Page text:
something--a door--is in the way. I go by it. A child is there. Again:--I
am crossing a level field and come upon little star-like flowers which I try
to analyse. I find many with pistils but no stamens,--the pollen bearing
organs which effect fertilization. I wonder if they will keep fresh until I
reach home. Once more:--I approach a city. I see woods and two gardens,
either flower or vegetable, from which comes music. On a mound wild flowers
are growing, some white, some small and dark. I gather them. Then very
remote and vague,--my brother is there. I see a long snake which my brother
puts on(?) and covers my flowers. Still another vision was of a branch of
beautiful; fragrant apple blossoms growing through the wall of a room. Some
of the flowers were pistillate, some staminate,--a condition false to nature
as regards the apple.

A dream, which in common with many others, seems not the fulfillment of a
wish but the symbolical expression of a bodily and mental state, is the
following:--After a day of very great physical restlessness I dream that I
am walking in a path by a river. I can not see the water for the
over-hanging trees beneath whose branches grow quantities of Impatiens
fulva, the spotted touch-me-not,--named from the sudden bursting of the pod
when touched. The plant in question I had not seen for some time and the
fitness of the symbolism to the bodily state was too close to be accidental.
After a walk in the spring when the ground was white with the cotton-tufted
seeds of the poplar and I thought if all germinated how overwhelmed we
should be with poplars, I dream that I am sweeping a floor upon which cotton
is scattered, some of which flies and is caught in my hair. I dream of
walking under pine trees whose pollen falls on me, and finally--though
examples of the significant use of plants are by no means exhausted--I have
upon awakening the vision of a pine tree growing from my nose. This strange
anomaly becomes intelligible when I recall that a friend told me that the
pores of her nose were enlarged, and I said mine were also; we had been
talking of a quotation from Emerson relating to nature's fecundity; my
friend was soon to be married; and a line from Emerson often in my thought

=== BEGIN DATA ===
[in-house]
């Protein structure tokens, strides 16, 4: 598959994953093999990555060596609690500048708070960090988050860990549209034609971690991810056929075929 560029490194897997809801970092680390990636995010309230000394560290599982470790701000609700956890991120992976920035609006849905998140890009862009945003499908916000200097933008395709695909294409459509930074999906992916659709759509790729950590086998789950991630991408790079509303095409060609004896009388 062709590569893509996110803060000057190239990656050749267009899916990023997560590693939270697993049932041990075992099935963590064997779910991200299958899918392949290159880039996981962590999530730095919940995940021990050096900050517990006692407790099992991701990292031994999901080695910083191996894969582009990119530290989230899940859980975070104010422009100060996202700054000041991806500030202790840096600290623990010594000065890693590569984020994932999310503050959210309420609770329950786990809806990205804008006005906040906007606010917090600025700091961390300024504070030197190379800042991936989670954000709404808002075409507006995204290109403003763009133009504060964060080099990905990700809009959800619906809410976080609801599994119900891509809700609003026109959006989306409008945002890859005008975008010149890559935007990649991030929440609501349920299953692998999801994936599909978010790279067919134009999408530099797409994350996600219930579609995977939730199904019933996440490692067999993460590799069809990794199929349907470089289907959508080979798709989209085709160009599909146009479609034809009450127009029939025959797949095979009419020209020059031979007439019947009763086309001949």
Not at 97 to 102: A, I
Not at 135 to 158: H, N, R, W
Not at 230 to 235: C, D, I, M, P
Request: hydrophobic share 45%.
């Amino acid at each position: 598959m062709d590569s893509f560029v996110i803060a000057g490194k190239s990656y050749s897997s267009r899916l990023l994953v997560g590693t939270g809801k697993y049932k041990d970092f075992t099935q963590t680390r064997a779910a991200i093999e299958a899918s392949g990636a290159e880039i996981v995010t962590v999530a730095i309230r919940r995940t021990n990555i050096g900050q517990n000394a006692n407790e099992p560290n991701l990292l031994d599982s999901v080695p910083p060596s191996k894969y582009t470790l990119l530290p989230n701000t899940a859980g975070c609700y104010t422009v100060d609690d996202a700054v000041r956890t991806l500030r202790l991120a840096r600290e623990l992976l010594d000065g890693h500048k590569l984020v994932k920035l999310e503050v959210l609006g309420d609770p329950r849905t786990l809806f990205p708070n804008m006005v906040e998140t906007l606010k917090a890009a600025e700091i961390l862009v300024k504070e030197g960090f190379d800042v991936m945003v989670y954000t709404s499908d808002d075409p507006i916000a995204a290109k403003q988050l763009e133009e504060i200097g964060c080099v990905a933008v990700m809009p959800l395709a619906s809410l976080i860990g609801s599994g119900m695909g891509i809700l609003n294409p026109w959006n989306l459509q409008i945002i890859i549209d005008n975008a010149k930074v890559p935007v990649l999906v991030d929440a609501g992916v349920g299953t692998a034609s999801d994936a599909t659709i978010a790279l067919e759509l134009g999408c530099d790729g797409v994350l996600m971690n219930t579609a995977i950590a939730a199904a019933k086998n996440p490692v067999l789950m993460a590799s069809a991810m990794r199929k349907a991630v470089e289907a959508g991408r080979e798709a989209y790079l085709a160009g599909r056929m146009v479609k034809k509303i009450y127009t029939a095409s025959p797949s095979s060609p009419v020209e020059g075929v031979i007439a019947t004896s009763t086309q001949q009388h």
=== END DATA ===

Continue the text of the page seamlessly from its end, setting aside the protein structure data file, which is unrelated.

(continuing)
is that in regard to pines "throwing out pollen for the benefit of the next
century."

For a musician to dream of playing, or of trying to play, upon an organ or
piano is apparently the most natural thing in the world and an attempt at
interpretation is, to uninstructed common sense, a journey far afield. Yet
the strange and striking variations introduced and the hindrances to my
accomplishment of the act invest the dream with marked significance. For
instance:--It is after church service and I want to play upon the pipe
organ. I find my music. The stool is a kettle of water with a board over
it. A stream of water comes from the organ. There is a horse near which
kicks or bites me. Again:--I play on the piano to a friend who is a German
scholar the opening theme of the Tristan and Isolde Prelude. My friend
tells me the pronunciation of the title of the opera and it sounds to me
like Froebel. That the name of the world-famous music drama, the apotheosis
of passion, should be transformed to that of the notable child educator is
nonsense or otherwise according to the observer's point of view. Another
dream:--Some children want me to play and I go to the piano and try to play
the Spring Song. But the piano stops sounding; only a few bass notes
respond. I dream that a table of sheet music is on fire. Sometimes the
music is too far away or too high for me to see: the notes are flowers, or
books, or animals, or "hanging objects," or queer figures; in the book from
which I play are pictures of the sea, a ship, a person, and birds--sea
gulls, among them. The bed becomes an organ upon which I try to play. I
begin to play the Witches' Dance and there are not enough keys to the piano.
Again the keys are covered by a cloth or there are no keys. An organ behind
me is played and I see no organist, or I move the pedals of an organ and